The Fresh Loaf

News & Information for Amateur Bakers and Artisan Bread Enthusiasts

Seam won't stick

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jackie9999's picture
jackie9999

Seam won't stick

I think this may be related to the heat here..but my seams won't stay stuck!

I shape and place seam side up in banneton and come back in an hour to find gaping holes where the seams opened.  I've cut down on water a tad due to the heat/humidity here and I tried leaving the shaped boule for a bit before placing in the banneton, and I have tried shaping using no flour at all.  I haven't tried placing seam side down in banneton yet - will do that next...

jcking's picture
jcking

After switching to a large wooden cutting board I've had better results keeping the seam closed. Try to get a nice drag as you pull the dough around the board. You may also want to put the tad of water back. The heat may cause your dough to proof faster; keep an eye on it.

Fornituri te salutant!
(Those who are about to bake salute you!)

Jim

juliette's picture
juliette

Hi Jackie, Usually the seams not sticking means your dough is too dry or you are using too much flour during the shaping. Since you said you have had bad results using no flour in the shaping then I agree with Jim that you should add back the water you have taken out, and if that does not work then use a little more (add in very small increments until you get it right). Never place the dough in the banneton seam side down because when you flip it out to bake your seam will be on top, and it defeats the whole purpose of the lovely pattern. Sometimes my seams open a bit during the first 10 minutes after placing the dough in the banneton as it adjusts to the basket. Just go back and pinch it closed where it has opened up, not just on the surface, but pinch it in about a half an inch on both sides. If heat and humidity are the problem then I also suggest retarding your dough. You don't say what kind of dough that you are using. I only make sourdough, and summer in Arizona can be challenging. I make the dough using refrigerated water, and then retard it in the fridge for 24 hours. Then I take it out, shape it cold, put it in the banneton, put the whole thing inside a closed plastic bag in the fridge for another 24 hours, then take it out and let it sit at room temp for at least an hour. Uncover it for 10 to 15 minutes, flip it gently on to the baking surface, slash and score, and bake. The dough does not have to be at room temp to bake. I get good results. Good luck!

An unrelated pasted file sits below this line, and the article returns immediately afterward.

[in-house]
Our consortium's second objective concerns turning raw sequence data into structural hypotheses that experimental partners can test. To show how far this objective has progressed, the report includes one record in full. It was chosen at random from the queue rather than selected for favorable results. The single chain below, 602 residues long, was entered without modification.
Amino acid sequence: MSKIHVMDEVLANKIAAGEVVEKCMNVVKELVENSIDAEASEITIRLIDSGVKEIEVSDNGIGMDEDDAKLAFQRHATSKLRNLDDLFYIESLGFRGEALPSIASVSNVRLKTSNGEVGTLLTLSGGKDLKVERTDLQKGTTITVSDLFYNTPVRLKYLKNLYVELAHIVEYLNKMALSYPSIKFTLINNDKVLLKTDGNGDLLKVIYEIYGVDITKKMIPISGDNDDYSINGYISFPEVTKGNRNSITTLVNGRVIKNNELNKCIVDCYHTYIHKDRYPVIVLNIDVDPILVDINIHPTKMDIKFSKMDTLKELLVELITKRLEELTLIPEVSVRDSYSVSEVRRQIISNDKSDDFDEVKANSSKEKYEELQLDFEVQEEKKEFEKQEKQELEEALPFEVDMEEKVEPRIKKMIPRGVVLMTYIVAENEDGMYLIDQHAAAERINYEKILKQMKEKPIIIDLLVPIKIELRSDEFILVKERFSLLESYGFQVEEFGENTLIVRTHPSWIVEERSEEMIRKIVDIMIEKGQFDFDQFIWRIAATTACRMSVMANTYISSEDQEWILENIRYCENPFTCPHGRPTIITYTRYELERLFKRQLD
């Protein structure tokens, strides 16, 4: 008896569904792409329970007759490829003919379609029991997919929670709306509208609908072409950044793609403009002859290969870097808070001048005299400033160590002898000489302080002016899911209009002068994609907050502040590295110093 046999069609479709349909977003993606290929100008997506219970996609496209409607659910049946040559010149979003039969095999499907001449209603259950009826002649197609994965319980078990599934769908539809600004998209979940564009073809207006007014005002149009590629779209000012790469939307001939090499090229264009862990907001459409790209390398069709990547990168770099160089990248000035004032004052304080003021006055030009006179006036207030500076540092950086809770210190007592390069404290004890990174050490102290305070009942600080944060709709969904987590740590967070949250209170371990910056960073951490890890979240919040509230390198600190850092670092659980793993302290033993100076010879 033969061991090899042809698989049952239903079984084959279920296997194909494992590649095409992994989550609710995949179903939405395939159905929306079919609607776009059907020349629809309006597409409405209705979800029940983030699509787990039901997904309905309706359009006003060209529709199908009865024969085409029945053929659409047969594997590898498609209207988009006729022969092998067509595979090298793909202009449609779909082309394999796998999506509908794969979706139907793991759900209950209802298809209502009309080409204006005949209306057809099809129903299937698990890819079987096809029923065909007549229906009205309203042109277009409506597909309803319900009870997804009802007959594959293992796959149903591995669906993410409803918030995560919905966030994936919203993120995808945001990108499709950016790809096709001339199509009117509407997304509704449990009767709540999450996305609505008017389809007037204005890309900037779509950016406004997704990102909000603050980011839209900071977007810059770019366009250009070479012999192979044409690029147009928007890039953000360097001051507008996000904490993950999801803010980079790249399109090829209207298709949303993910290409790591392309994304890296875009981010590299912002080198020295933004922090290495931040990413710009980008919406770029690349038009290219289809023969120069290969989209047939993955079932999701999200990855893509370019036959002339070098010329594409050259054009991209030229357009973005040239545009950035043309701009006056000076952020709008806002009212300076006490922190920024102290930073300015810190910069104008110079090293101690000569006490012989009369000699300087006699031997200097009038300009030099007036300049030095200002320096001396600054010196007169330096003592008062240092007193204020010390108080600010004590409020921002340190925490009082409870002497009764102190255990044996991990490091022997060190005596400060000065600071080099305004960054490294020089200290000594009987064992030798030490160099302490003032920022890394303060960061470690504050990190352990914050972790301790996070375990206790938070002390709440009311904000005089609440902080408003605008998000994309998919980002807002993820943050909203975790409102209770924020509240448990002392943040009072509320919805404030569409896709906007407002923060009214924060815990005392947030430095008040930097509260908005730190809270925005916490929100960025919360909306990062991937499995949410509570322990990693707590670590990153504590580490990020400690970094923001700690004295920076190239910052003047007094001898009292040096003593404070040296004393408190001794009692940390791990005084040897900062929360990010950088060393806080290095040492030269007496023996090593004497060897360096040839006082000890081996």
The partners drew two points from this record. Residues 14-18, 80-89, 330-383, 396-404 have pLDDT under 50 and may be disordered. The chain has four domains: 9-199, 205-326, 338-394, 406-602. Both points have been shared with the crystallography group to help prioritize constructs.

juliette's picture
juliette

My round banneton is the most problematic...I almost always have to go back and pinch it closed where it has popped open. The longer retangular don't do it as often. What shape of banneton are you using?

jackie9999's picture
jackie9999

Thanks for the suggestions - it is sourdough (round banneton) that is giving me the problems. It's a recipe I've been using for over a year and usually gives me no trouble. I have been pinching the seams closed before I flip over onto the stone - but even then they are trying to open up again. I tried the cold retard overnight and still got the gaping open. I'm sure it's heat/humidity related since they are proofing too fast and I don't have a 'cool' place to make the bread...so I'll just have to perserve and hope the weather cools off soon.

clazar123's picture
clazar123

If you watch some of the videos the bakers really pound the seam! Don't be too gentle but really whale on just the edge-not the whole loaf!.